Leave It to Beaver [TV Series] (1957)

Genres - Comedy  |   Sub-Genres - Sitcom [TV]  |   Run Time - 30 min.  |   Countries - USA  |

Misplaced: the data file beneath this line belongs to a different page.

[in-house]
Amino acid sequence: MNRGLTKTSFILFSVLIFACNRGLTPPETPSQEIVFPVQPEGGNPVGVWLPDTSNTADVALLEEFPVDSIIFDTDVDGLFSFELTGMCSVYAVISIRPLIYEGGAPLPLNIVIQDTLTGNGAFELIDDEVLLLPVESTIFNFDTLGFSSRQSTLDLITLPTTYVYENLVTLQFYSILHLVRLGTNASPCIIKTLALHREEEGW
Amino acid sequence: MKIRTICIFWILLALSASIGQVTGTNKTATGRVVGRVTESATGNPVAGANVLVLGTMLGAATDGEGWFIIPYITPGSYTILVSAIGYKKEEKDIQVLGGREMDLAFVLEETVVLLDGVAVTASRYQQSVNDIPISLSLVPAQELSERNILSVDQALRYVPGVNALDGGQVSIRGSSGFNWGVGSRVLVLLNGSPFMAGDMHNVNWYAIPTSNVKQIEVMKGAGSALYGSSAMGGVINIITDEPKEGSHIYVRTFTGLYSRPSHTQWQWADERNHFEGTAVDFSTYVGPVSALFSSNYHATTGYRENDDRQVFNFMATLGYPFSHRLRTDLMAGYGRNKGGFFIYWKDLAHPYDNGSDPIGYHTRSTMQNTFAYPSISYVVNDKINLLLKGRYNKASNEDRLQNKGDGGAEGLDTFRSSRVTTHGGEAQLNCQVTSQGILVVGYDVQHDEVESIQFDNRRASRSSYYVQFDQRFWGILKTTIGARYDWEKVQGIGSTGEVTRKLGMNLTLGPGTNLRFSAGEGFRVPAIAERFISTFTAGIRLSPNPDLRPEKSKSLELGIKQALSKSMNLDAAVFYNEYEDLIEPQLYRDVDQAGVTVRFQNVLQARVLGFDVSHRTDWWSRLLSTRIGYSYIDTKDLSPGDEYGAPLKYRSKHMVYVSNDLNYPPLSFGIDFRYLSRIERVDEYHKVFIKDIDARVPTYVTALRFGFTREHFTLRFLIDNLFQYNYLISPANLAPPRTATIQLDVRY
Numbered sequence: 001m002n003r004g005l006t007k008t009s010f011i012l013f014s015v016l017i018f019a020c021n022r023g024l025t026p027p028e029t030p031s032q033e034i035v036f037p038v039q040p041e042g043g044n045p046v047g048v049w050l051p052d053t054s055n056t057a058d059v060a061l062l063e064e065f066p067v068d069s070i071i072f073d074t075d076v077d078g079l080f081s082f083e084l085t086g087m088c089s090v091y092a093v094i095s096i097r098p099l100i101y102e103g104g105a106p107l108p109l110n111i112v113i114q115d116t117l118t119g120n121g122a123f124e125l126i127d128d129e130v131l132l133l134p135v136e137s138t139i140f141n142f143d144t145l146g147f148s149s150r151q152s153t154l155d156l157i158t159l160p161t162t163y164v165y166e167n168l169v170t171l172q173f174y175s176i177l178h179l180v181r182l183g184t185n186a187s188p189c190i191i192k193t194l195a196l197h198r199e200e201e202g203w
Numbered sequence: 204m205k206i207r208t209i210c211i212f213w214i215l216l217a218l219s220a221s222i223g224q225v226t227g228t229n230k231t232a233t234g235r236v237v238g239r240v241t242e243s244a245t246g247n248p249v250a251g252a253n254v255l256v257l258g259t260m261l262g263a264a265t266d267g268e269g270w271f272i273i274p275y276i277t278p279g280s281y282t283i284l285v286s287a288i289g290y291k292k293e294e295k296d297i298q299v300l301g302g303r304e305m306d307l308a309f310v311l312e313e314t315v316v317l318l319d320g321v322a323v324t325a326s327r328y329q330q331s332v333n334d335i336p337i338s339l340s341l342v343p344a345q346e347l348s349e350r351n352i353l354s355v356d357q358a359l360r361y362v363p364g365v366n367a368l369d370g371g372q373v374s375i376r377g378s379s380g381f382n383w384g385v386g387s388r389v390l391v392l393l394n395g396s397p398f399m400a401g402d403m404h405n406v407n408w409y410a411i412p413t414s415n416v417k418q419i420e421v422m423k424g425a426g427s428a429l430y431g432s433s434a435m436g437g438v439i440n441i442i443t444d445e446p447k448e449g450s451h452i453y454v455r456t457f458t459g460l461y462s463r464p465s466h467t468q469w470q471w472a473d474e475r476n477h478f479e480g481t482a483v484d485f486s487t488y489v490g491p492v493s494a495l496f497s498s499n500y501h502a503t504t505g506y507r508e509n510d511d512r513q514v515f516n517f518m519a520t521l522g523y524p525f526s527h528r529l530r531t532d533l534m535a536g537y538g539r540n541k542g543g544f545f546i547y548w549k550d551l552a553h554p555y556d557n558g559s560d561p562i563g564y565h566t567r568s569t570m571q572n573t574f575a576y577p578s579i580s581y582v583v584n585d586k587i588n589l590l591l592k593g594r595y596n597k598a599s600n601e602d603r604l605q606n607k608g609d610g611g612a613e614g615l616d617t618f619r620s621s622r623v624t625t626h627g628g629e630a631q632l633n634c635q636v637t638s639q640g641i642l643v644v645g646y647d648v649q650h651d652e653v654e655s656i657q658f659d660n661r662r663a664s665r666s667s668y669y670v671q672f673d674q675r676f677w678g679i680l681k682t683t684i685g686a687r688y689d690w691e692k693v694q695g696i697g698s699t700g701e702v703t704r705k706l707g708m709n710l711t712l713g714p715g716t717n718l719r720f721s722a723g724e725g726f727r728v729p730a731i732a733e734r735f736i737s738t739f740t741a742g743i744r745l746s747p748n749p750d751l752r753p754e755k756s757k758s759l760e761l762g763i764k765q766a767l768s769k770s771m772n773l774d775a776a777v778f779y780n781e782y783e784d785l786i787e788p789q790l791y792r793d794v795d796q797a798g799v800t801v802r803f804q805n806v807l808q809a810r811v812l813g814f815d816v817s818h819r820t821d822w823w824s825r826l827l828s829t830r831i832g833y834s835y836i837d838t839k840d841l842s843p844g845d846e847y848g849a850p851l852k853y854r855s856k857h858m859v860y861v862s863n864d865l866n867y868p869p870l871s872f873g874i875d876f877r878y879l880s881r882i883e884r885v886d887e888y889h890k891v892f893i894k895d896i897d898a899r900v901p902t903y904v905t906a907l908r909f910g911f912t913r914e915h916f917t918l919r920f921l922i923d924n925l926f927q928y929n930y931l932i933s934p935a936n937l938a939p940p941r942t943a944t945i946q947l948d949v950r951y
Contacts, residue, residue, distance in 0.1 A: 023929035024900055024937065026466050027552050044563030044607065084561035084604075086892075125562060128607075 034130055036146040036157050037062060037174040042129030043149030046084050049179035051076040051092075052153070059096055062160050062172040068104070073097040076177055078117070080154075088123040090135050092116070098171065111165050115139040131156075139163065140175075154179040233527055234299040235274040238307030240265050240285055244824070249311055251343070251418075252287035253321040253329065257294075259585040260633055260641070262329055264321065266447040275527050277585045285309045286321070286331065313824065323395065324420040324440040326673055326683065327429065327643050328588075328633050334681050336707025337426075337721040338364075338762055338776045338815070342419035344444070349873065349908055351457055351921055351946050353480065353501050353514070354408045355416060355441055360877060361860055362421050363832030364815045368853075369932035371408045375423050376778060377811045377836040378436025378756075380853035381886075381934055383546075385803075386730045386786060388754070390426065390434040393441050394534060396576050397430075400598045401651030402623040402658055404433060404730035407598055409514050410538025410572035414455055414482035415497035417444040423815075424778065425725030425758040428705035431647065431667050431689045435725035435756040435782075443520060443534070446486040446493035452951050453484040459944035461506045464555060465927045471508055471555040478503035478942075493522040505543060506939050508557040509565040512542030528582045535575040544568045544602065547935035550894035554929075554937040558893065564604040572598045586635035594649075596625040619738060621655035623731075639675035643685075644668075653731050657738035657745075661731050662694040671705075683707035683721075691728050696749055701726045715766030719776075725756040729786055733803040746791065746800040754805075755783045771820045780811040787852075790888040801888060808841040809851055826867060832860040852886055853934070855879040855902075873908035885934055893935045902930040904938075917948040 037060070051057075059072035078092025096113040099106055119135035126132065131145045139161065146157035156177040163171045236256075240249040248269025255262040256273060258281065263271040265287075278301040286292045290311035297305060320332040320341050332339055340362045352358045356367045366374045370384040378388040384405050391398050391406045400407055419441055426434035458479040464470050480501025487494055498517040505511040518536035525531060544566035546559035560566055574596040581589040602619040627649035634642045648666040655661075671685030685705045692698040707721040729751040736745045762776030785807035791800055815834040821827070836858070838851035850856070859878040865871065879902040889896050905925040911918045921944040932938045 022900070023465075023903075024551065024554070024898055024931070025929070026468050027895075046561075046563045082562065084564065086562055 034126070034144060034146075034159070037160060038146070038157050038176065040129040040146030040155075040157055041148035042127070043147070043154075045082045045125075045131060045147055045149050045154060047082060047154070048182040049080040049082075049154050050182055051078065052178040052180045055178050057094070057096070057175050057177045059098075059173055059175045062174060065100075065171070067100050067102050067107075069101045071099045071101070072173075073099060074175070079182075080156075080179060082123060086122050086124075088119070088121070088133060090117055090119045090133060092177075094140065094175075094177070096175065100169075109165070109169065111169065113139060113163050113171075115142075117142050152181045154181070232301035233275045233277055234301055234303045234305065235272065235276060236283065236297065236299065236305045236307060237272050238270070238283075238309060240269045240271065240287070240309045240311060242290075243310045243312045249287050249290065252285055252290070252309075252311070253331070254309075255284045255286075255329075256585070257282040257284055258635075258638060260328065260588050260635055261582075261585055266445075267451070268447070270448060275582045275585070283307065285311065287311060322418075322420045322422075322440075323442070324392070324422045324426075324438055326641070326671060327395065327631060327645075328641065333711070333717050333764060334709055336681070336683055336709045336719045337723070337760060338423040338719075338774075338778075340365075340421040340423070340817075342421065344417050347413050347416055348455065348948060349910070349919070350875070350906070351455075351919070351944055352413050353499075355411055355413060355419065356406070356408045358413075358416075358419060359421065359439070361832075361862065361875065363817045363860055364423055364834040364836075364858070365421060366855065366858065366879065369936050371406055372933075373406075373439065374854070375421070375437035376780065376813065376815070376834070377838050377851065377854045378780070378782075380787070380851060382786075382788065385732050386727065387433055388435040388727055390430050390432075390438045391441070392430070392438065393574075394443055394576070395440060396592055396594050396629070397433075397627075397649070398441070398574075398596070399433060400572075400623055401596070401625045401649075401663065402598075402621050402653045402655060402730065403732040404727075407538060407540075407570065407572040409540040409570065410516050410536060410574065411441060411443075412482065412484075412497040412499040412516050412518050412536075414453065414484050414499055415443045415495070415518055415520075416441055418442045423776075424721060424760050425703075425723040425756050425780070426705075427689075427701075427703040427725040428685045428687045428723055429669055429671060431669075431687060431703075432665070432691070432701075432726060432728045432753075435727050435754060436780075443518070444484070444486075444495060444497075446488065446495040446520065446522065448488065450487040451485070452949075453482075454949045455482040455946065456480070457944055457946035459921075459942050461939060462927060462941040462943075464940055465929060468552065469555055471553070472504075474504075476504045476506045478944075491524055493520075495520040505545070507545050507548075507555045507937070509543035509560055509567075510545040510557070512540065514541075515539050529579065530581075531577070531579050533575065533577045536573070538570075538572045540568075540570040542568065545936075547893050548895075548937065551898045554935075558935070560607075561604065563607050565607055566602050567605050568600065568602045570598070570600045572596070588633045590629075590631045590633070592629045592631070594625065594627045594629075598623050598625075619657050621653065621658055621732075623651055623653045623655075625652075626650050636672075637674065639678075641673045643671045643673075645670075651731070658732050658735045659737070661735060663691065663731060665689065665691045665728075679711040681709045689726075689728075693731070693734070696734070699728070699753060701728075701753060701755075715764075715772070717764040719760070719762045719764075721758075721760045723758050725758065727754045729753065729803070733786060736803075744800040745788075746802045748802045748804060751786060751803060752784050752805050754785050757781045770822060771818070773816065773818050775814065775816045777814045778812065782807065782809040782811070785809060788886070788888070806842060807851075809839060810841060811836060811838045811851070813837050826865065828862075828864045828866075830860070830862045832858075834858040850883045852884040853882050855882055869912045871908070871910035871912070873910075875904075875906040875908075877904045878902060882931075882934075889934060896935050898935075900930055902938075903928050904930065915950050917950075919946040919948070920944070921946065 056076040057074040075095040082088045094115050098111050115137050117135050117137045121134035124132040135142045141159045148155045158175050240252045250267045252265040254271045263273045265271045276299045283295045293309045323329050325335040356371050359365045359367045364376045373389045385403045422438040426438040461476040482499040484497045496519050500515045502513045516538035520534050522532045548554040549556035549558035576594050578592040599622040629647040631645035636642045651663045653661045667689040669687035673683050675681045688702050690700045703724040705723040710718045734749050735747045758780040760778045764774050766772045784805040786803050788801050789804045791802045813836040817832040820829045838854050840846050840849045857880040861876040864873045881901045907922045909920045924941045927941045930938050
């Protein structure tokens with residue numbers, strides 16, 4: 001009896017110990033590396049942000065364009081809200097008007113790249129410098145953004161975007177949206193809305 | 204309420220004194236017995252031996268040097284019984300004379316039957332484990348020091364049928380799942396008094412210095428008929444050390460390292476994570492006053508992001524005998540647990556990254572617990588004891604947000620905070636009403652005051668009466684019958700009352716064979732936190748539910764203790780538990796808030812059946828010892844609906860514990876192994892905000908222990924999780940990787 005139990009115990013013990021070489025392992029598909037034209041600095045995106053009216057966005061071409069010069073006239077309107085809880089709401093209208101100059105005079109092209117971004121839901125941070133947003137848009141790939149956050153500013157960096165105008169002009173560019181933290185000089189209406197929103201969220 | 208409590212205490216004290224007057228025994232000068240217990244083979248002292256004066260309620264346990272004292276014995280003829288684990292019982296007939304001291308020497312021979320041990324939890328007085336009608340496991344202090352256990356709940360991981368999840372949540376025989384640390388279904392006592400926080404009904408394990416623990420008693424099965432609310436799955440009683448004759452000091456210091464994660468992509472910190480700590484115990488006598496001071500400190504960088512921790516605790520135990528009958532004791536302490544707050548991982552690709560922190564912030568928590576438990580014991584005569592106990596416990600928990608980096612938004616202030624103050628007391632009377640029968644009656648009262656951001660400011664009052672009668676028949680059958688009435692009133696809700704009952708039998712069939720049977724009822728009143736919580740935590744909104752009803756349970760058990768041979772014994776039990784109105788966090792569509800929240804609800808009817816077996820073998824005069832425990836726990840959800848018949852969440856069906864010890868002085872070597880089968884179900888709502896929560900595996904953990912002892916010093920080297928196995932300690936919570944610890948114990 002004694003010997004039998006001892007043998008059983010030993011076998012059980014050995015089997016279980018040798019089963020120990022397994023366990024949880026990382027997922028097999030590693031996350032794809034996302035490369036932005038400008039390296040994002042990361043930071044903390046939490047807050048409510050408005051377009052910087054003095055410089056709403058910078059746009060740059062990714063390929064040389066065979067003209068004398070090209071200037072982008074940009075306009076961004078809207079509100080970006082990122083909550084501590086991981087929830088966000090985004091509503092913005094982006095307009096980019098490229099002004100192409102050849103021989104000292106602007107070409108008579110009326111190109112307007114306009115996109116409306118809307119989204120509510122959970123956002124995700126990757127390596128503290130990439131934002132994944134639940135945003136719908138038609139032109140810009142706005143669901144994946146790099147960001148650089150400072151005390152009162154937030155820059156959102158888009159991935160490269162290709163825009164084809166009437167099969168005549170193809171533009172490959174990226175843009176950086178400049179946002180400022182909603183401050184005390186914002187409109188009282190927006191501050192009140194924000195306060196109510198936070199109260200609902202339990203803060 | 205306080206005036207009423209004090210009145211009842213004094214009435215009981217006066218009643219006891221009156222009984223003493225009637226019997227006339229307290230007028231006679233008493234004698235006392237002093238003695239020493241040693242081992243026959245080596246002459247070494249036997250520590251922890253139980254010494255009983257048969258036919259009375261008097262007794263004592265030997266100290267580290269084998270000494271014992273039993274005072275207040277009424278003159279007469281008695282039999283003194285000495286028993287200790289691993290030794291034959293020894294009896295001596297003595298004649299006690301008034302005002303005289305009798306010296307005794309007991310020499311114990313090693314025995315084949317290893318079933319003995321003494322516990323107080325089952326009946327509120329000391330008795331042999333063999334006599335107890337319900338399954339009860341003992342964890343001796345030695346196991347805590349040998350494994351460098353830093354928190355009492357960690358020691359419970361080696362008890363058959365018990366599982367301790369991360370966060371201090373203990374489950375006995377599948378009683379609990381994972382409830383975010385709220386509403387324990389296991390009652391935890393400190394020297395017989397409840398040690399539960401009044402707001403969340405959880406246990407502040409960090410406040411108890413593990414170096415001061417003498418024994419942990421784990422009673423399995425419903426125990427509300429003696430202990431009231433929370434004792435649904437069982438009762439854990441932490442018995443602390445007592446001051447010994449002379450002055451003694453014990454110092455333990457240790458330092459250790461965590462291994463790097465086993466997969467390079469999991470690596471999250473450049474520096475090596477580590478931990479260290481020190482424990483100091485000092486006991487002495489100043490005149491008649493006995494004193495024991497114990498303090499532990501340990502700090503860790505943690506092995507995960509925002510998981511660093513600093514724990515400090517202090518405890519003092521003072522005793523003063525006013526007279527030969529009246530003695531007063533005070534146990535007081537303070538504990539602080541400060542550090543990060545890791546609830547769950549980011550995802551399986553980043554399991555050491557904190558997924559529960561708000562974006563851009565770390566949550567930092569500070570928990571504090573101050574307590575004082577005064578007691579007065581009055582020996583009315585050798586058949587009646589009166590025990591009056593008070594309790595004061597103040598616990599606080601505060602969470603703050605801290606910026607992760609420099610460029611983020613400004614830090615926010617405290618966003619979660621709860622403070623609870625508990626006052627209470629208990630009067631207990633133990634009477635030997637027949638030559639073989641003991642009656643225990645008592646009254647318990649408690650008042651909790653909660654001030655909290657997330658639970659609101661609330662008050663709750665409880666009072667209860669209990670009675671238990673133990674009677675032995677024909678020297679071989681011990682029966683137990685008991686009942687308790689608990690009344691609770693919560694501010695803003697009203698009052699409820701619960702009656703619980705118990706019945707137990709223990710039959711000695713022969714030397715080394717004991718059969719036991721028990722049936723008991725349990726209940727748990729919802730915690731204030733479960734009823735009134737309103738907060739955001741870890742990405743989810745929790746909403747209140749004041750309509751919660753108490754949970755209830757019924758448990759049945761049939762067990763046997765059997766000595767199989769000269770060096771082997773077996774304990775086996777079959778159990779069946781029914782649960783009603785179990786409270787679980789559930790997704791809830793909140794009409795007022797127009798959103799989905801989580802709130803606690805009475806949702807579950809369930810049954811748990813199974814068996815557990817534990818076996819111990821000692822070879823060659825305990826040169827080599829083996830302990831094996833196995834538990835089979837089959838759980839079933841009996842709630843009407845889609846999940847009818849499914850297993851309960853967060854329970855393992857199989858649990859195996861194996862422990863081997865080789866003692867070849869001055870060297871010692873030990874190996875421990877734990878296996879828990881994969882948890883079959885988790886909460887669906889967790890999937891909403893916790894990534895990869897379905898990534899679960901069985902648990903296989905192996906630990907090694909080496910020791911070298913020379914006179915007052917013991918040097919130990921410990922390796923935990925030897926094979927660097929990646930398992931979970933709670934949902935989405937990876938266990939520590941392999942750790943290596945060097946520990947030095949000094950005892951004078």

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One of the undisputed classics of American television, the weekly, half-hour sitcom Leave It to Beaver was created by Joe Connelly and Bob Mosher, who had risen to prominence as principal writers of the TV version of Amos 'n' Andy. Fulfilling their ambition to create a warm, credible sitcom about modern suburban life as seen through the eyes of small children, Connelly and Mosher came up with a pilot film, "It's a Small World," in 1957. This trial balloon featured Jerry Mathers as six-year-old Theodore "Beaver" Cleaver, Paul Sullivan as his 11-year-old brother Wally, Casey Adams (aka Max Showalter) as their accountant father Ward, and Barbara Billingsley as their housewife mother June. Also appearing in the pilot were Diane Brewster, Richard Deacon, and, in the one-scene role of a wise guy neighbor kid named Frankie, a very young Harry Shearer. Though the concept did not fly as "It's a Small World" (the pilot would be folded into a syndicated anthology series, Studio 57), CBS evinced interest when it reemerged, with several new cast members, as Leave It to Beaver, which debuted October 4, 1957. Carried over from "It's a Small World" were Jerry Mathers and Barbara Billingsley, while new to the cast were Hugh Beaumont as Ward Cleaver and Tony Dow as Wally. Likewise retained were Diane Brewster and Richard Deacon, albeit in different roles as respectively, Beaver's schoolteacher Miss Canfield and Ward's co-worker Fred Rutherford. The basic original premise was also kept on, with Beaver and Wally trying to interpret the ways of the world through their own youthful and naïve perspective. The Cleavers lived in the town of Mayfield, and shared many of the same trials and tribulations as the "nuclear families" who comprised the series' fan base. What really sold the series was the warm, realistic rapport between the Cleaver kids and their parents, and the authentic-sounding dialogue, full of the slang and idioms common to youngsters of the Eisenhower era. The huge supporting cast included Rusty Stevens as Beaver's chubby pal Larry Mondello, who was invariably seen chomping on an apple and who lived in fear of his disciplinarian father who always seemed to be on a business trip to Cincinnati (Madge Blake, aka Batman's Aunt Harriet, was occasionally seen as Larry's mom); Stanley "Tiger" Fafara as another Beaver buddy, the adenoidal Whitey Whitney; Stephen Talbot as young Gilbert Bates, who spent most of his time talking Beaver into getting in trouble; Richard Correll as Richard, evidently brought in during the series' third season as a Larry Mondello replacement; Jeri Weil as snotty, insulting Judy Hensler, Beaver's classroom nemesis; Frank Bank as Wally's school chum (and Fred Rutherford's son) Clarence "Lumpy" Rutherford, an amiable, none-too-bright oaf; Pamela Beard as Mary Ellen Rogers and Cheryl Holdridge as Judy Foster, Wally's erstwhile girlfriends; and Sue Randall and Doris Packer respectively as Miss Canfield's successors at Beaver's school, Miss Landers and Miss Rayburn. By far the most famous and celebrated of the series' supporting players was Ken Osmond as Wally's pal Eddie Haskell, that juvenile Uriah Heep who laid on the insincere charm whenever he was around Beaver's parents ("Good evening, Mr. and Mrs. Cleaver. My, Mrs. Cleaver, you're looking lovely tonight. Are Wallace and Theodore at home?"), but who reverted to his true personality as a weaselly, conniving creep whenever he was alone with Wally and The Beav. Moving from CBS to ABC for its second season, Leave It to Beaver ultimately lasted six seasons and 234 episodes, signing off only because Tony Dow and especially Jerry Mathers had outgrown their roles. The final network episode aired on September 12, 1963; one week later, the series entered rerun syndication, where it has flourished ever since. And in 1985, most of the original cast (minus the late Hugh Beaumont) were reunited in their same roles in a new series, The New Leave It to Beaver, which was a spin-off of the earlier retro special Still the Beaver, and which remained in production until 1989. While the newer version is not held in terribly high esteem by fans, the original remains an audience favorite.

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